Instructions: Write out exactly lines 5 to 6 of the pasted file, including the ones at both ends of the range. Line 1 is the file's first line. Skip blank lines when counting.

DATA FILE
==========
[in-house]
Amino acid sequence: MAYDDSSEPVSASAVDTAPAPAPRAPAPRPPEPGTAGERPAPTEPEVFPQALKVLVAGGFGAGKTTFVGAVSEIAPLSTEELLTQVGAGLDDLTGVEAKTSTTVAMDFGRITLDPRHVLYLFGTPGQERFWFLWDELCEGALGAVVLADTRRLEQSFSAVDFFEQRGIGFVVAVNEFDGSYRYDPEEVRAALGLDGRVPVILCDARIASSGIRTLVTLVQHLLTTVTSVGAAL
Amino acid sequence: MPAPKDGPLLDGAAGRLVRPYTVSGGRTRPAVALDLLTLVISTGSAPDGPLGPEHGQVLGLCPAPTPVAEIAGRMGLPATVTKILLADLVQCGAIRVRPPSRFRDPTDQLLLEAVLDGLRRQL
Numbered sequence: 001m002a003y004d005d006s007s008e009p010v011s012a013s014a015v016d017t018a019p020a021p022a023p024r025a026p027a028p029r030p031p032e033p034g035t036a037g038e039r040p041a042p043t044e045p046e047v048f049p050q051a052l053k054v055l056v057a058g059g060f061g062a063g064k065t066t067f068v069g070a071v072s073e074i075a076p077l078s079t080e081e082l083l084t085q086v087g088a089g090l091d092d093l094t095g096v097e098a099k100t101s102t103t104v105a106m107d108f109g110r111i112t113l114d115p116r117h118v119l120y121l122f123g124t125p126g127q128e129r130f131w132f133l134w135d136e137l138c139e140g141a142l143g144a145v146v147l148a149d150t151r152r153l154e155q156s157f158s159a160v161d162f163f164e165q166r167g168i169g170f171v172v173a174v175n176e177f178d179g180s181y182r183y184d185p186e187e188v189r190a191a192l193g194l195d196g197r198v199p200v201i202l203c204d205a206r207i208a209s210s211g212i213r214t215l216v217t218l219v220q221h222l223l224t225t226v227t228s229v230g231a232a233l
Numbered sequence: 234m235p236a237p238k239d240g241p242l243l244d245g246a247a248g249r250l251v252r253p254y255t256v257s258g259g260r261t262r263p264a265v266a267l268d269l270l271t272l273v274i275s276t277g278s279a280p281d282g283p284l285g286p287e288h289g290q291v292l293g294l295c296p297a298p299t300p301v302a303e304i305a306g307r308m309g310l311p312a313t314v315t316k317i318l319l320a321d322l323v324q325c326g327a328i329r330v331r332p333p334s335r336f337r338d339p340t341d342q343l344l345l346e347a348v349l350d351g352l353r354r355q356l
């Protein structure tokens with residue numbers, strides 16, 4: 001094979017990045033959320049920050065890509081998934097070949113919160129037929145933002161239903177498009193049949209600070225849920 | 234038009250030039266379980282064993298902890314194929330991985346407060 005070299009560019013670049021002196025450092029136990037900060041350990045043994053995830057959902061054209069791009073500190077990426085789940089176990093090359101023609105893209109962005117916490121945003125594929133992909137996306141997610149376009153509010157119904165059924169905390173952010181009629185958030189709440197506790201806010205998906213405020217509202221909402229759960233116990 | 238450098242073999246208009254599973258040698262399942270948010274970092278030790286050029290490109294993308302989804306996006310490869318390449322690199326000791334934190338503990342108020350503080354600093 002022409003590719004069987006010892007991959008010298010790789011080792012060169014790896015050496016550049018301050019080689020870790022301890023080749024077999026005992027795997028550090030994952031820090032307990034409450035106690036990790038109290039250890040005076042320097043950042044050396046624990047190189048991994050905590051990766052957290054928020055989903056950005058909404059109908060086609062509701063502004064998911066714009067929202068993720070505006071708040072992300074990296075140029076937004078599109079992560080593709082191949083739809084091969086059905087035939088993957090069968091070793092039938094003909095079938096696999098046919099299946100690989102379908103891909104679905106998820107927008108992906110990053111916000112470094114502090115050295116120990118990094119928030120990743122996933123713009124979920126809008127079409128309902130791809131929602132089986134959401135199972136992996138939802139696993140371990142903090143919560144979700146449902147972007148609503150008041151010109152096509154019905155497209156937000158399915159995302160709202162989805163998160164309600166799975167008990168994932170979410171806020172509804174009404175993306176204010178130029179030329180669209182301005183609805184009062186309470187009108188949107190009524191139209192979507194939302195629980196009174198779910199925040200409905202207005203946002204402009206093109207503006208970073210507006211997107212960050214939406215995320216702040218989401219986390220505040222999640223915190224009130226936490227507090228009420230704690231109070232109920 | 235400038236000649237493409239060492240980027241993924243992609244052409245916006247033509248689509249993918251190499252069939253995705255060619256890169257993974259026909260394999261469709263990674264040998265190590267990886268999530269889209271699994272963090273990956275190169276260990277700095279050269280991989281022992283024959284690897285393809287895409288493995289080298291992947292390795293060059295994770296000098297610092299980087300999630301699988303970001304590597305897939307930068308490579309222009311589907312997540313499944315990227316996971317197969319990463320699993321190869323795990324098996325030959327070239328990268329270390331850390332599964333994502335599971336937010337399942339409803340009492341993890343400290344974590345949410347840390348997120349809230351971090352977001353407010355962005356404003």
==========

Numbered sequence: 234m235p236a237p238k239d240g241p242l243l244d245g246a247a248g249r250l251v252r253p254y255t256v257s258g259g260r261t262r263p264a265v266a267l268d269l270l271t272l273v274i275s276t277g278s279a280p281d282g283p284l285g286p287e288h289g290q291v292l293g294l295c296p297a298p299t300p301v302a303e304i305a306g307r308m309g310l311p312a313t314v315t316k317i318l319l320a321d322l323v324q325c326g327a328i329r330v331r332p333p334s335r336f337r338d339p340t341d342q343l344l345l346e347a348v349l350d351g352l353r354r355q356l
């Protein structure tokens with residue numbers, strides 16, 4: 001094979017990045033959320049920050065890509081998934097070949113919160129037929145933002161239903177498009193049949209600070225849920 | 234038009250030039266379980282064993298902890314194929330991985346407060 005070299009560019013670049021002196025450092029136990037900060041350990045043994053995830057959902061054209069791009073500190077990426085789940089176990093090359101023609105893209109962005117916490121945003125594929133992909137996306141997610149376009153509010157119904165059924169905390173952010181009629185958030189709440197506790201806010205998906213405020217509202221909402229759960233116990 | 238450098242073999246208009254599973258040698262399942270948010274970092278030790286050029290490109294993308302989804306996006310490869318390449322690199326000791334934190338503990342108020350503080354600093 002022409003590719004069987006010892007991959008010298010790789011080792012060169014790896015050496016550049018301050019080689020870790022301890023080749024077999026005992027795997028550090030994952031820090032307990034409450035106690036990790038109290039250890040005076042320097043950042044050396046624990047190189048991994050905590051990766052957290054928020055989903056950005058909404059109908060086609062509701063502004064998911066714009067929202068993720070505006071708040072992300074990296075140029076937004078599109079992560080593709082191949083739809084091969086059905087035939088993957090069968091070793092039938094003909095079938096696999098046919099299946100690989102379908103891909104679905106998820107927008108992906110990053111916000112470094114502090115050295116120990118990094119928030120990743122996933123713009124979920126809008127079409128309902130791809131929602132089986134959401135199972136992996138939802139696993140371990142903090143919560144979700146449902147972007148609503150008041151010109152096509154019905155497209156937000158399915159995302160709202162989805163998160164309600166799975167008990168994932170979410171806020172509804174009404175993306176204010178130029179030329180669209182301005183609805184009062186309470187009108188949107190009524191139209192979507194939302195629980196009174198779910199925040200409905202207005203946002204402009206093109207503006208970073210507006211997107212960050214939406215995320216702040218989401219986390220505040222999640223915190224009130226936490227507090228009420230704690231109070232109920 | 235400038236000649237493409239060492240980027241993924243992609244052409245916006247033509248689509249993918251190499252069939253995705255060619256890169257993974259026909260394999261469709263990674264040998265190590267990886268999530269889209271699994272963090273990956275190169276260990277700095279050269280991989281022992283024959284690897285393809287895409288493995289080298291992947292390795293060059295994770296000098297610092299980087300999630301699988303970001304590597305897939307930068308490579309222009311589907312997540313499944315990227316996971317197969319990463320699993321190869323795990324098996325030959327070239328990268329270390331850390332599964333994502335599971336937010337399942339409803340009492341993890343400290344974590345949410347840390348997120349809230351971090352977001353407010355962005356404003």